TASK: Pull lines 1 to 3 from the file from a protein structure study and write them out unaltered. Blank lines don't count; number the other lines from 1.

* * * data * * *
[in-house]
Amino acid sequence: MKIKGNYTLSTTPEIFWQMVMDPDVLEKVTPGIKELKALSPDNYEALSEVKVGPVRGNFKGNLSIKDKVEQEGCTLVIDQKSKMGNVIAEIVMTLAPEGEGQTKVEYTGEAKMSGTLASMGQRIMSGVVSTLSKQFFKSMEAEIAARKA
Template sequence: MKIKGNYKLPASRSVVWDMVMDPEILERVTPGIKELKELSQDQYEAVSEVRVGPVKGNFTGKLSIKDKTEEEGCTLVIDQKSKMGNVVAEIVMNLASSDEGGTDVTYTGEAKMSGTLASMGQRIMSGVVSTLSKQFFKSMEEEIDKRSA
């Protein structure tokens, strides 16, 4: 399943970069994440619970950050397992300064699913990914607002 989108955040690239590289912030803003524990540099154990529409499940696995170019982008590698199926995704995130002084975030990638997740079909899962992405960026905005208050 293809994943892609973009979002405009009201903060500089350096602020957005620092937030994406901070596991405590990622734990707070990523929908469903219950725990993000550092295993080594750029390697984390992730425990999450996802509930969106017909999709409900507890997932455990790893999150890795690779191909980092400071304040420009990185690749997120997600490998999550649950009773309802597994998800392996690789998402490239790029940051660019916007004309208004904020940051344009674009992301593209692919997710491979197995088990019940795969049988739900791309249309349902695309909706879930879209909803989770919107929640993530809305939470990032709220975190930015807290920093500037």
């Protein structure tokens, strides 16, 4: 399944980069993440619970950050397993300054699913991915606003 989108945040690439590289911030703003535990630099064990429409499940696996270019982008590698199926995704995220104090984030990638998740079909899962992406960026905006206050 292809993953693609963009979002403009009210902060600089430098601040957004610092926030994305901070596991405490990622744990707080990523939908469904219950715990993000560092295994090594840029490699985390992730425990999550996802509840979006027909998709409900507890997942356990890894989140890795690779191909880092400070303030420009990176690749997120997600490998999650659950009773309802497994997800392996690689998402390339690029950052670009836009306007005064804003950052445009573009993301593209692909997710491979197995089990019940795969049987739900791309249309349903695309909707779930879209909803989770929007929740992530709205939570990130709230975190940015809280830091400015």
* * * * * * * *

[in-house]
Amino acid sequence: MKIKGNYTLSTTPEIFWQMVMDPDVLEKVTPGIKELKALSPDNYEALSEVKVGPVRGNFKGNLSIKDKVEQEGCTLVIDQKSKMGNVIAEIVMTLAPEGEGQTKVEYTGEAKMSGTLASMGQRIMSGVVSTLSKQFFKSMEAEIAARKA
Template sequence: MKIKGNYKLPASRSVVWDMVMDPEILERVTPGIKELKELSQDQYEAVSEVRVGPVKGNFTGKLSIKDKTEEEGCTLVIDQKSKMGNVVAEIVMNLASSDEGGTDVTYTGEAKMSGTLASMGQRIMSGVVSTLSKQFFKSMEEEIDKRSA